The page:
Mexico’s president-elect unveils legislative agenda

Agence France-Presse
Mexico’s president-elect unveils legislative agenda


The anti-establishment leftist announces a 12-point plan for legislation to deliver the 'true change' he has promised Mexicans fed up with crime and corruption

MEXICO CITY, Mexico – Fresh off his landslide election win, Mexican president-elect Andres Manuel Lopez Obrador unveiled his legislative agenda Wednesday, July 11, including an unusual plan for mid-term referendums to remove the president from office.

Speaking a day after electoral authorities confirmed his coalition will have an absolute majority in both houses of Congress, the anti-establishment leftist announced a 12-point plan for legislation to deliver the “true change” he has promised Mexicans fed up with crime and corruption.

The politician known as “AMLO” notably proposed a binding vote halfway through the 6-year term on whether the president should continue in the job.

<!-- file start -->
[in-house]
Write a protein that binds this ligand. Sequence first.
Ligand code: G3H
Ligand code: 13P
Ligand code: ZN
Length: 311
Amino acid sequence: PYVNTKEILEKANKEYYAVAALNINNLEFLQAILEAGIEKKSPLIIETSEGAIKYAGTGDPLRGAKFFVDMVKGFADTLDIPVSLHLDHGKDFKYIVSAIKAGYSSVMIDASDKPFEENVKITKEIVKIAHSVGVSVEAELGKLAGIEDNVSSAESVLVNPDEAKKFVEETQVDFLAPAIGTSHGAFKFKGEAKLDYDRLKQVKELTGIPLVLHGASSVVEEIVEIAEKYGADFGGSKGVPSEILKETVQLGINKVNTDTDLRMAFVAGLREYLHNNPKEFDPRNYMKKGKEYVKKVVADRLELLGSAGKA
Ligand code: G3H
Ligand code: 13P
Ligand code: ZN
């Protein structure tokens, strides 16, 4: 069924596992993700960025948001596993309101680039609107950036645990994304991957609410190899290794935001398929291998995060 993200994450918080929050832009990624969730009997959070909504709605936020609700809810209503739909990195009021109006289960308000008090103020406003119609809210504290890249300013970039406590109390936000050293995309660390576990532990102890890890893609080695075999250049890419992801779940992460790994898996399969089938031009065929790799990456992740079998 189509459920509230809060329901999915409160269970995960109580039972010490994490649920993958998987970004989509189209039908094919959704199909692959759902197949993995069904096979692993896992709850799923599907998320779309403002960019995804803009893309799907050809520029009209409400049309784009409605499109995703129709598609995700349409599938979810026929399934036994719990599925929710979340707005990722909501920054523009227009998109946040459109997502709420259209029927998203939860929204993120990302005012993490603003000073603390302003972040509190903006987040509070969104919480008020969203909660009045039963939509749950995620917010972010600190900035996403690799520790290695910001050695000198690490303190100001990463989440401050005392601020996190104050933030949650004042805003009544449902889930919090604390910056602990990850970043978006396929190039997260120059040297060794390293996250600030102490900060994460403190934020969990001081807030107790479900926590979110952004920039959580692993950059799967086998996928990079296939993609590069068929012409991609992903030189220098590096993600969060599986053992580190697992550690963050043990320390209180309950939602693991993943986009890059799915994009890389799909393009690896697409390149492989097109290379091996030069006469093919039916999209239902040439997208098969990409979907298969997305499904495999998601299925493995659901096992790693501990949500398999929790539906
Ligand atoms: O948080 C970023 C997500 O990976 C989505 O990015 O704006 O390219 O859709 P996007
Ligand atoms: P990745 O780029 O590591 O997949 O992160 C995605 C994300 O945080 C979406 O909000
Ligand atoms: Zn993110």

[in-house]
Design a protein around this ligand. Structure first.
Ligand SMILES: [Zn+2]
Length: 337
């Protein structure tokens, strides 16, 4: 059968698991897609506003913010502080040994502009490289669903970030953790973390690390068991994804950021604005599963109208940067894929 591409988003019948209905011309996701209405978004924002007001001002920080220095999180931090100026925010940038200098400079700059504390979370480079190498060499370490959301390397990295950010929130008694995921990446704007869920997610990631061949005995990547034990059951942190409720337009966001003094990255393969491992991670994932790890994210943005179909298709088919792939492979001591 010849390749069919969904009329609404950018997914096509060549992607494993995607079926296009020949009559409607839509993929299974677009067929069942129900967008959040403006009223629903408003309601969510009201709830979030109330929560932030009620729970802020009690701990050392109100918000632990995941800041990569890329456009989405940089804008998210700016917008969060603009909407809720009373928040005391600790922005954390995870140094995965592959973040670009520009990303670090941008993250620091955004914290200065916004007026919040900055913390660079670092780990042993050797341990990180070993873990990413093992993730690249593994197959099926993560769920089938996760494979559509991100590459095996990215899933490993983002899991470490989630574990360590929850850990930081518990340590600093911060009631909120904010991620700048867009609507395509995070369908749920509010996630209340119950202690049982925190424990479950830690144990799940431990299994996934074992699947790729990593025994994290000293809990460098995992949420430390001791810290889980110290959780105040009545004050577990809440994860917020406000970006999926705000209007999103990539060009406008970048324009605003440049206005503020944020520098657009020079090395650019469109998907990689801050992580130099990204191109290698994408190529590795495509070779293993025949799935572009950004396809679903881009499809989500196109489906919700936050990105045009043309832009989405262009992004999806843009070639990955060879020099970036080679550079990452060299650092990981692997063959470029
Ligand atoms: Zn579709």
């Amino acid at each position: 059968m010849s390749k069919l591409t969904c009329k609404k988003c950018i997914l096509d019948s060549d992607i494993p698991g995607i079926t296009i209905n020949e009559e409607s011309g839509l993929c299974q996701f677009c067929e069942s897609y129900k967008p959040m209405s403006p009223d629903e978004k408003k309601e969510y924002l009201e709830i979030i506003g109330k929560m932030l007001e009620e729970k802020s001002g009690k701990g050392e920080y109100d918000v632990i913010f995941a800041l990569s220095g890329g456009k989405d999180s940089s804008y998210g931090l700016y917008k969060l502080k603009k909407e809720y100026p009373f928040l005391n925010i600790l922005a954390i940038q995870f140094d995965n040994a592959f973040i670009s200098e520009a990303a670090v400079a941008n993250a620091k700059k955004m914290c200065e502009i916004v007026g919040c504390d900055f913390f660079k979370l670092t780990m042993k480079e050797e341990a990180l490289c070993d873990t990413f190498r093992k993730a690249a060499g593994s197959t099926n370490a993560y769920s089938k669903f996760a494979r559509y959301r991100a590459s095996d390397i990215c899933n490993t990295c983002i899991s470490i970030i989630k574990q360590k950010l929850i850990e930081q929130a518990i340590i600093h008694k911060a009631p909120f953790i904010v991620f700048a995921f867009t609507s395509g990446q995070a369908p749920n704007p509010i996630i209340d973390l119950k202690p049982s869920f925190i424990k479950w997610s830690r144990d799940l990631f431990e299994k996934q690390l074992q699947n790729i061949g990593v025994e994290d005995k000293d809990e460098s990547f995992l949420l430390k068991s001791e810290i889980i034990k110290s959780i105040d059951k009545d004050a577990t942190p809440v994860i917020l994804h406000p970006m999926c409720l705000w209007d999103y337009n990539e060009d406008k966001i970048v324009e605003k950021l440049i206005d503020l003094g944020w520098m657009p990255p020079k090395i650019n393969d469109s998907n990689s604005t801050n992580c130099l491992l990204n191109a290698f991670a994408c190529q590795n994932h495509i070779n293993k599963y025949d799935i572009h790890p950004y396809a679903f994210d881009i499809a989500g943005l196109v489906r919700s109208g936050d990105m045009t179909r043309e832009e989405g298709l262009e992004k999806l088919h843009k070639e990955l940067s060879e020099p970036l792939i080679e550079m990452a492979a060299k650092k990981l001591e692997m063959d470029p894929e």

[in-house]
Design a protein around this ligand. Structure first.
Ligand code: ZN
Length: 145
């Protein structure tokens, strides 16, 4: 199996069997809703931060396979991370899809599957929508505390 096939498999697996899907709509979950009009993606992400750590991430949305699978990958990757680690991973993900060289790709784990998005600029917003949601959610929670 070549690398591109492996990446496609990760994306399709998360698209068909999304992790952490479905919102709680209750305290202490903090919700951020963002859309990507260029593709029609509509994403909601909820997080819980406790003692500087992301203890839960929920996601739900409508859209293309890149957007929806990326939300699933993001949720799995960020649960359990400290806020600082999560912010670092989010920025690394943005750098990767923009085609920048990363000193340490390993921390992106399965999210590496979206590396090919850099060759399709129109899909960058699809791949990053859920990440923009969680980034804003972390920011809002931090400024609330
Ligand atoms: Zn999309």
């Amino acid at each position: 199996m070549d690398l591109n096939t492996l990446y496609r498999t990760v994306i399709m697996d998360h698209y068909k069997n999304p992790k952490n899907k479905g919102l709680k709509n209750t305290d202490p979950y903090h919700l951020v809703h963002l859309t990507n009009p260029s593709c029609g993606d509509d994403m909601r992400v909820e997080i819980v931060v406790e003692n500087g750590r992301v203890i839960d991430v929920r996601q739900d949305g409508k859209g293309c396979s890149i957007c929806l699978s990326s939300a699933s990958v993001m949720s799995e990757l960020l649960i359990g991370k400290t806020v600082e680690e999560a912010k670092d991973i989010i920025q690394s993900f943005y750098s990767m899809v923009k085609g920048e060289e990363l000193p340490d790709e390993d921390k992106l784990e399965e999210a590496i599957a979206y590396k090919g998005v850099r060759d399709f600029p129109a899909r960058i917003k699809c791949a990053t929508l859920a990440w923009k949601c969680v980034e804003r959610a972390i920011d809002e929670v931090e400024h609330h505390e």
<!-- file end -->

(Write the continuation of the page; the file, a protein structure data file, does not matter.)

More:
He also vowed to change Article 108 of the constitution so that a sitting president can be tried for corruption or election-rigging.

“That is the mandate Mexicans gave us in the elections. They supported us, they voted for us, in order to put an end to corruption. And we are going to deliver,” he told a press conference after meeting incoming legislators from the coalition led by his party, Morena.

The new Congress begins work on September 1, though Lopez Obrador will only take office on December 1.

His coalition won 307 of 500 seats in the lower house and 69 of 128 in the Senate in the July 1 elections, in which Lopez Obrador surged to victory with more than 53% of the vote in a 4-way race.

Lopez Obrador, 64, said his coalition would also pass legislation to increase the jail terms for corruption, electoral fraud and the large-scale fuel theft that has been plaguing Mexico – and eliminate the possibility of bail for those crimes.

He also wants to reduce the presidential salary by more than half, and pass a constitutional amendment stipulating that no public official can earn more than the president.

The proposals also include reducing the number of high-level government officials, revoking outgoing President Enrique Peña Nieto‘s controversial education reform and restoring Mexico’s public security ministry, which Peña Nieto eliminated. –

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